NASA Earth Observatory article on methane discusses our work in Four Corners and the TOPDOWN flights we led as part of that effort.
Successful conclusions to ORCAS! Excellent work by the whole team to manage flights in such a remote region of the world, and handle wind-evacuations with such grace. We are excited to look at the data in more detail (and sort photos from the field).
Paper on methane emissions from the Barnett shale bridging the gap between inventories and atmospheric studies is published in PNAS.
The 2nd post-launch OCO-2 Science Team Meeting was fun and productive- it is a very rich dataset!
We just completed a successful data workshop in Boulder that brought together multiple studies focused on emissions from oil and gas production. We are looking forward to seeing the finalized results that come out of these studies!
Welcome to Dr. Martin Hoecker-Martinez & Emily Yang, who have joined the group.
Prof. Kort gives an invited talk at the Atmospheric Chemistry Gordon Research Conference.
New Mexico Lawmakers reference our study in a letter to OMB Director Shaun Donovan.
Papers from the Barnett campaign are now out in ES&T, including an article led by postdoc Mackenzie Smith pioneering the use of continuous airborne ethane observations for methane source attribution and ethane flux quantification. The article
The team just completed a successful field campaign in the Four Corners region as part of TOPDOWN 2015. 5 aircraft, 2 mobile labs, and 1 satellite!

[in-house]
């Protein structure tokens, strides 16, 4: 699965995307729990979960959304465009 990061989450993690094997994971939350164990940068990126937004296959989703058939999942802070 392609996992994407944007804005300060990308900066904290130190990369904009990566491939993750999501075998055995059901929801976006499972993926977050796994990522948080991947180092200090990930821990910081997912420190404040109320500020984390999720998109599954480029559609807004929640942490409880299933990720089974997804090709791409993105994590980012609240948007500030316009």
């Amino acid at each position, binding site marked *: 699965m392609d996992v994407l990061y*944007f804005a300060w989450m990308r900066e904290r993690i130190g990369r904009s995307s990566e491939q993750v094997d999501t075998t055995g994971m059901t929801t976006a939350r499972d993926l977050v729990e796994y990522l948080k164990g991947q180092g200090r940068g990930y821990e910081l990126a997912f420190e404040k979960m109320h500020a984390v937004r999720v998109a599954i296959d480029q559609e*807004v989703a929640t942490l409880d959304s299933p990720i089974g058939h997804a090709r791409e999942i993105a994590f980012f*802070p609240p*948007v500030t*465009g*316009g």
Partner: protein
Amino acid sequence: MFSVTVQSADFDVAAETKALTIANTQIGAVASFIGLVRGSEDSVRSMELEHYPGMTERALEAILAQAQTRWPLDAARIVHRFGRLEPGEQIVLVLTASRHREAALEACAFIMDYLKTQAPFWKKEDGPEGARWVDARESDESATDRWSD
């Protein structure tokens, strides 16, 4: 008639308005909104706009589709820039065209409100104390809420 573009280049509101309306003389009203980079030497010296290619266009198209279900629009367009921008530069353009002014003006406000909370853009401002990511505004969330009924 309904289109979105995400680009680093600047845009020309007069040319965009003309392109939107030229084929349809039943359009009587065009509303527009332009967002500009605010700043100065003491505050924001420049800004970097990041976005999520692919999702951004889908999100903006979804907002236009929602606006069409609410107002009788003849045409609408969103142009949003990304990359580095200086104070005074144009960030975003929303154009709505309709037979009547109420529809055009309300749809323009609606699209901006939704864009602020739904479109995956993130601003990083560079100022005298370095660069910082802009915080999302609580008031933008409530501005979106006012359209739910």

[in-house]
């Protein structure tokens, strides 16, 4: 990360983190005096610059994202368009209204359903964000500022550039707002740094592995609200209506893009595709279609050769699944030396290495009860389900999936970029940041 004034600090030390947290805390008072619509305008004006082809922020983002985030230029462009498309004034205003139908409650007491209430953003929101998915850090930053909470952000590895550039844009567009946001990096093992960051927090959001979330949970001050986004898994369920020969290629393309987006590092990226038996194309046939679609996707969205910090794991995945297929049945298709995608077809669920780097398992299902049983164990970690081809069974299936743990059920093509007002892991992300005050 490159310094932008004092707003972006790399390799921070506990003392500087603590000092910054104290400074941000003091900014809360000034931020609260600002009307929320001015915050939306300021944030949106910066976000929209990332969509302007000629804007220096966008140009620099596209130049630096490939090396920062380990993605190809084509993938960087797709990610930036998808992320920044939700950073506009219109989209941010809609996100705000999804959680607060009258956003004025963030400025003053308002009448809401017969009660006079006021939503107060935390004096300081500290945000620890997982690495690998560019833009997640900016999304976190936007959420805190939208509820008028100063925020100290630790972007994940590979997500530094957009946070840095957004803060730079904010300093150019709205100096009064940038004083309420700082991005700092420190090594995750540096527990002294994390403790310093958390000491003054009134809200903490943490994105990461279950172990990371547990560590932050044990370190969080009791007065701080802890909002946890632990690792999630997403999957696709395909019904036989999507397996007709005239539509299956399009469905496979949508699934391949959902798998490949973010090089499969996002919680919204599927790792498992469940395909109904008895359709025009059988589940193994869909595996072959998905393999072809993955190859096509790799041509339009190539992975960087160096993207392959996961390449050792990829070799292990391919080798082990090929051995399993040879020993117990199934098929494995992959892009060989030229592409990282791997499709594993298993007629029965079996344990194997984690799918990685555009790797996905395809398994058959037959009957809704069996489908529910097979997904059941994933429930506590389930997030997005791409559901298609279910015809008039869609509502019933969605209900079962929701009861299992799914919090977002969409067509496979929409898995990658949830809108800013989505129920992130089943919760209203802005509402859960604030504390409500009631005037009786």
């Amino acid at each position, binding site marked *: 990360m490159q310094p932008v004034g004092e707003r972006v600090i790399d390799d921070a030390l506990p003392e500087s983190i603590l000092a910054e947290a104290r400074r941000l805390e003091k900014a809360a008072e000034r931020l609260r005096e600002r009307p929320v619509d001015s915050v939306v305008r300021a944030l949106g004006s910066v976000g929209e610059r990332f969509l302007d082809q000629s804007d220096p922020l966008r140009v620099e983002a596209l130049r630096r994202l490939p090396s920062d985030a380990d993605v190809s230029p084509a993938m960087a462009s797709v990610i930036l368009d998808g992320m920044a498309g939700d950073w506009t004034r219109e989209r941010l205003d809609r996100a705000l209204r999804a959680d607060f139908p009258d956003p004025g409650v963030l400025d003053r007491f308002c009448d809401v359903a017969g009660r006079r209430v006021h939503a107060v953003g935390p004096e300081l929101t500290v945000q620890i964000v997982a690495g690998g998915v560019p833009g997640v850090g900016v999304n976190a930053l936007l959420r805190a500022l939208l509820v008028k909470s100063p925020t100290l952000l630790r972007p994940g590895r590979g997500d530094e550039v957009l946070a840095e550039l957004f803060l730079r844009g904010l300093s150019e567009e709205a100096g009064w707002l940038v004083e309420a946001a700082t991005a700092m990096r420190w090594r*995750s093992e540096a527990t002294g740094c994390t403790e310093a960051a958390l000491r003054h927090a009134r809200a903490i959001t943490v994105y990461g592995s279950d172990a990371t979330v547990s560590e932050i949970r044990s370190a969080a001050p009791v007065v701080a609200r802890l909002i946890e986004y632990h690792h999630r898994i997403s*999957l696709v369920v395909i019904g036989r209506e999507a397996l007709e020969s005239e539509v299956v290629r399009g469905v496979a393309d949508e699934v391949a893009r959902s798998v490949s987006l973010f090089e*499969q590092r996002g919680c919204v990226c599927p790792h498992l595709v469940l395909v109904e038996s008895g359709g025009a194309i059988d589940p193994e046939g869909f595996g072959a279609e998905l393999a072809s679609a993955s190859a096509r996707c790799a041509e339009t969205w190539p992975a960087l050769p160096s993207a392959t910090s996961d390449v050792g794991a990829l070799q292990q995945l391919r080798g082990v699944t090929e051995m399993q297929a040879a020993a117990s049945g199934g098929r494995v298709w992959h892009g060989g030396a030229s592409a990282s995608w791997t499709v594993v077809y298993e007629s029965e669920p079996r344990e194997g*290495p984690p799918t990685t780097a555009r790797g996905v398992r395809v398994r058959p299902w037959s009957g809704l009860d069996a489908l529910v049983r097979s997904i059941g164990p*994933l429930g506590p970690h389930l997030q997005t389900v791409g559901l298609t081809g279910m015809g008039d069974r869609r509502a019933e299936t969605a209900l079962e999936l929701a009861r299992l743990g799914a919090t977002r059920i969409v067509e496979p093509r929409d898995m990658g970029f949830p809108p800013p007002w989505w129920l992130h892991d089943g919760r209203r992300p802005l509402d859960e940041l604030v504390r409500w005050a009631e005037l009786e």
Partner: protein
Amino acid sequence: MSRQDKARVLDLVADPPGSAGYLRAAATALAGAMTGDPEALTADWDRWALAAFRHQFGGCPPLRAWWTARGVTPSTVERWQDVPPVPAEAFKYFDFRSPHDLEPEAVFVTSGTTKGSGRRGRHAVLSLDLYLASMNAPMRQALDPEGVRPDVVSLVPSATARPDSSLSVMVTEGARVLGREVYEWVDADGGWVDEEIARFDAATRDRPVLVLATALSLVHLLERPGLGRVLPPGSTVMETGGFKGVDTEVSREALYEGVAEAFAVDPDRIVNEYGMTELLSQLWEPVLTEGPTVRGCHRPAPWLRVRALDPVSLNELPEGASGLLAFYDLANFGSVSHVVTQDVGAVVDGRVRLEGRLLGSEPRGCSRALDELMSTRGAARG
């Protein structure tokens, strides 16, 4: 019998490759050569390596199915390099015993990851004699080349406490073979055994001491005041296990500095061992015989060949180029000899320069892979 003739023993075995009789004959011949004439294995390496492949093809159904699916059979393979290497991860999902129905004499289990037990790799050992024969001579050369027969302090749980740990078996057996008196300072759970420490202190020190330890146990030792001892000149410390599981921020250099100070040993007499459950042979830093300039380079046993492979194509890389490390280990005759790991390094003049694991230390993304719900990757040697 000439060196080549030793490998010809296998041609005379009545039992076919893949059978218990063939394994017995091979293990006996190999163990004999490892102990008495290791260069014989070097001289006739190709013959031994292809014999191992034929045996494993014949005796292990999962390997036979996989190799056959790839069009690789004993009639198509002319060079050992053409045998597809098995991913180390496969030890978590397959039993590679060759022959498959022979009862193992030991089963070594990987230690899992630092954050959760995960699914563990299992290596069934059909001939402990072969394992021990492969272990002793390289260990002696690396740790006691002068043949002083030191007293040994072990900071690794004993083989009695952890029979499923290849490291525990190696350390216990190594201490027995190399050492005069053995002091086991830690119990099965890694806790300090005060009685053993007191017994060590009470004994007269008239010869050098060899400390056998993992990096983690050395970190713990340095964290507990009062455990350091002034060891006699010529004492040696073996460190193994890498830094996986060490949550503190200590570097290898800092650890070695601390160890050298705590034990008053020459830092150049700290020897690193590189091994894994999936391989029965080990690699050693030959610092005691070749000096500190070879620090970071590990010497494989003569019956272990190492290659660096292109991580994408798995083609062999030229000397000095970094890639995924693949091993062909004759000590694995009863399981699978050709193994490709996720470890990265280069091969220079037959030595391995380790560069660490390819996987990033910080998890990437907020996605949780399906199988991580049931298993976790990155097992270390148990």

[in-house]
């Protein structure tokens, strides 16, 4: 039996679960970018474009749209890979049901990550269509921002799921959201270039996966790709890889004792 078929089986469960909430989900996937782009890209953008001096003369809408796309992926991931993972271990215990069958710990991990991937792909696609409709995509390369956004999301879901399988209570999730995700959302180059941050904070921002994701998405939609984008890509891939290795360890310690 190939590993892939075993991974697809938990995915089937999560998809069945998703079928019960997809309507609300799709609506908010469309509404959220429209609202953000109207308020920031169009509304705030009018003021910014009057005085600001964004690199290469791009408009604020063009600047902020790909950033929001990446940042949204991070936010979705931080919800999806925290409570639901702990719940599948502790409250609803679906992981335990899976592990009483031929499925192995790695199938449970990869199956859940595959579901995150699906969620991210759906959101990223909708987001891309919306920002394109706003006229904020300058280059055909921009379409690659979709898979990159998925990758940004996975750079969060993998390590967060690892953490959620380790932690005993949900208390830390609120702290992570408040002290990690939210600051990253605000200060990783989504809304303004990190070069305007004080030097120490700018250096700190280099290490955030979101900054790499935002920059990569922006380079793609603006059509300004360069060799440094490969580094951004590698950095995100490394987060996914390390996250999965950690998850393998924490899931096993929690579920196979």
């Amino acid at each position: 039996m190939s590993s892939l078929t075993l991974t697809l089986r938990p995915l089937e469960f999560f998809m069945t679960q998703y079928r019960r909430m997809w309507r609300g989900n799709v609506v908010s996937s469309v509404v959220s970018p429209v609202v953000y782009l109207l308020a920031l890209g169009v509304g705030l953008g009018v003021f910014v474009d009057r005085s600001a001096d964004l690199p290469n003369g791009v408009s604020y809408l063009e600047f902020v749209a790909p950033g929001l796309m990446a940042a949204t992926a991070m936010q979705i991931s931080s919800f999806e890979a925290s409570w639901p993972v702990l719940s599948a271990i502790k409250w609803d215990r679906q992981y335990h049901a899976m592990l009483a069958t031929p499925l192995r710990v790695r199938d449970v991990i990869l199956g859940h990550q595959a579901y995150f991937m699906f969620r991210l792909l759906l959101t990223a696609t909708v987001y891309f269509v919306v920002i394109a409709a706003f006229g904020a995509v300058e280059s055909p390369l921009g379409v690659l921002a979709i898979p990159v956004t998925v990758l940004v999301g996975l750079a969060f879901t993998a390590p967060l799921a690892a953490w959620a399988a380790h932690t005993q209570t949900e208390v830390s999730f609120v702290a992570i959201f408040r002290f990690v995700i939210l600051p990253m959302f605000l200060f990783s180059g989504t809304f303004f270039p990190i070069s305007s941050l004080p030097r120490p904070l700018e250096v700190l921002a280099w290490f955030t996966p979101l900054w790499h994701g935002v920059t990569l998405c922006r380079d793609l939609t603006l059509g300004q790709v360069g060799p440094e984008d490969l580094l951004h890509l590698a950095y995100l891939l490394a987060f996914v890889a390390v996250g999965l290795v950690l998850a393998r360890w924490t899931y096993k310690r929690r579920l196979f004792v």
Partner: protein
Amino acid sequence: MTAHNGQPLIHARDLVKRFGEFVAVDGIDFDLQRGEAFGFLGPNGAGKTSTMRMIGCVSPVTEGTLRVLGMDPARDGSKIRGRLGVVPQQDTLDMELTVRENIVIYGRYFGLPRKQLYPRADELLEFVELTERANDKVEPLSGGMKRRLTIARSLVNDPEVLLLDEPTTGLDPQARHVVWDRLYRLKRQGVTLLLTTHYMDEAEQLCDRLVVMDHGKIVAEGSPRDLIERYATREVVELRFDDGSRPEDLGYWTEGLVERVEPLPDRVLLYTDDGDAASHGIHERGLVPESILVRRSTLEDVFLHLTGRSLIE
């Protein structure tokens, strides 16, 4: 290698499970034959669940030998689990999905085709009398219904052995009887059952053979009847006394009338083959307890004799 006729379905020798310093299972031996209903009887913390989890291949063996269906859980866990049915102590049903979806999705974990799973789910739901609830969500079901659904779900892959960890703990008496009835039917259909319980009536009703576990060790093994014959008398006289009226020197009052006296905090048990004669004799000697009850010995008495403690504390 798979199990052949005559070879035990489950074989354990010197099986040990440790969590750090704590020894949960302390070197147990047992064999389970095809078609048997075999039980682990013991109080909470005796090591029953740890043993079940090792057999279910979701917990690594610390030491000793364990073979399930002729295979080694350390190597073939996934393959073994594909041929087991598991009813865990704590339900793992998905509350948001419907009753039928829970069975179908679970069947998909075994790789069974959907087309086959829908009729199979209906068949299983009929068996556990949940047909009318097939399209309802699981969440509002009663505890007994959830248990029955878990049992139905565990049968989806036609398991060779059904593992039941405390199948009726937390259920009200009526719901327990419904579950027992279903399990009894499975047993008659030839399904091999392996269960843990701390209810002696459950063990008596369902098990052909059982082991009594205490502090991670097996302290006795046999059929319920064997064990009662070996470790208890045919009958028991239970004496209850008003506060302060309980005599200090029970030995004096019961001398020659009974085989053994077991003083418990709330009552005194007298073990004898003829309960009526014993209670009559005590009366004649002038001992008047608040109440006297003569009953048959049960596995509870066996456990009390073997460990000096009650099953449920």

Postdoc Mackenzie Smith is profiled in an article about the Four Corners study.
Prof. Kort participates in a public forum in Farmington, NM discussing recent findings and the current study. Some media coverage on the forum and the current study being led by Kort and colleagues: KUNM, NPR , KOB, NBC , High Country News , KSL , Al Jazeera America , Weather Channel , Southern Ute Drum , Durango Herald , Tech Times , Headline & Global News , Digital Journal , Live Science , Discovery News , CTV news , Durango Herald , PBS Newshour.
Welcome to Dr. Kimberly Mueller, who will be joining the group as a visiting research scientist from NIST.
The ORCAS campaign was selected- we will be studying exchange of CO2 and O2 over the Southern Ocean in January-February 2016.
Secretary of the Interior Sally Jewell refers to our work on methane in the Southwestern US in her remarks given at the Center for Strategic and International Studies.
We were selected to be members of the OCO-2 science team, with a focus on studying urban carbon emissions.
We have posted a FAQ for our recently published study on methane in the Four Corners area to answer questions and clarify confusion from some media reports. FAQ
Media attention for the Four Corners work: USA Today , Discovery , NPR, KQED , Slate , NBC News , Christian Science Monitor , Bloomberg , Time , The Hill , Scientific American , Washington Post , National Geographic , Climate Central , Huffington Post , NPR PRI.
Our paper on methane in the Four Corners region has come out in GRL, and was featured as an editor's choice.